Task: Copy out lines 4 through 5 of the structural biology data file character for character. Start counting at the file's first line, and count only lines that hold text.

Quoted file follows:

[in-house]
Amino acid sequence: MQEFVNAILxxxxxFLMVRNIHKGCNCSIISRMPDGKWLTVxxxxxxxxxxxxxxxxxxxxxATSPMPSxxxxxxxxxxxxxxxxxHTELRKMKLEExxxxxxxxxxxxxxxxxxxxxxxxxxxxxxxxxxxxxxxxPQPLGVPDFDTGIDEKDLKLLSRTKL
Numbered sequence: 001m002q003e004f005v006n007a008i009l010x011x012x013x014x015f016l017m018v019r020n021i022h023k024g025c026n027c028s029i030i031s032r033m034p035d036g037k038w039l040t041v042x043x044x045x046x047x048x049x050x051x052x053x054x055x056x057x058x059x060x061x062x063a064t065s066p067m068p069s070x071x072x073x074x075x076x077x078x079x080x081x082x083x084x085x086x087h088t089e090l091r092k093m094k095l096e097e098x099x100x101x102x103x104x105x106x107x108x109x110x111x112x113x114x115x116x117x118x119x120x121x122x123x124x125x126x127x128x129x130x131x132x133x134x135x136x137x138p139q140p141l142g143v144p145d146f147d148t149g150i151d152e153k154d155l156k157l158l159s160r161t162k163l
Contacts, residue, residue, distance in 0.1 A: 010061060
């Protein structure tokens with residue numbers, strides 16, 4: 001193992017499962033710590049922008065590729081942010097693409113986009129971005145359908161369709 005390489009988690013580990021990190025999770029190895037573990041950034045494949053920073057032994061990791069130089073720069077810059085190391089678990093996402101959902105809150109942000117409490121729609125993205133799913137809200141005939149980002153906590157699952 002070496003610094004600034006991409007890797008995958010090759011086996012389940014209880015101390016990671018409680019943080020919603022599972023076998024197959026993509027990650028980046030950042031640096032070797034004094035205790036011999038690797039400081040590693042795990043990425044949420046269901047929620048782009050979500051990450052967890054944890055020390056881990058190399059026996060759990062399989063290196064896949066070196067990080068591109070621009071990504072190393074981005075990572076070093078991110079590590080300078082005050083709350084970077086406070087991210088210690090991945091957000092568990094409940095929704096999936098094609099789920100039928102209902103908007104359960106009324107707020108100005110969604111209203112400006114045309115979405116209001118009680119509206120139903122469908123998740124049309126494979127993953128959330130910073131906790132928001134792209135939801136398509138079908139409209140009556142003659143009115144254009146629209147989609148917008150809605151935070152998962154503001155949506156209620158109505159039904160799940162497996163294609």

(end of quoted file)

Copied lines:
Contacts, residue, residue, distance in 0.1 A: 010061060
């Protein structure tokens with residue numbers, strides 16, 4: 001193992017499962033710590049922008065590729081942010097693409113986009129971005145359908161369709 005390489009988690013580990021990190025999770029190895037573990041950034045494949053920073057032994061990791069130089073720069077810059085190391089678990093996402101959902105809150109942000117409490121729609125993205133799913137809200141005939149980002153906590157699952 002070496003610094004600034006991409007890797008995958010090759011086996012389940014209880015101390016990671018409680019943080020919603022599972023076998024197959026993509027990650028980046030950042031640096032070797034004094035205790036011999038690797039400081040590693042795990043990425044949420046269901047929620048782009050979500051990450052967890054944890055020390056881990058190399059026996060759990062399989063290196064896949066070196067990080068591109070621009071990504072190393074981005075990572076070093078991110079590590080300078082005050083709350084970077086406070087991210088210690090991945091957000092568990094409940095929704096999936098094609099789920100039928102209902103908007104359960106009324107707020108100005110969604111209203112400006114045309115979405116209001118009680119509206120139903122469908123998740124049309126494979127993953128959330130910073131906790132928001134792209135939801136398509138079908139409209140009556142003659143009115144254009146629209147989609148917008150809605151935070152998962154503001155949506156209620158109505159039904160799940162497996163294609």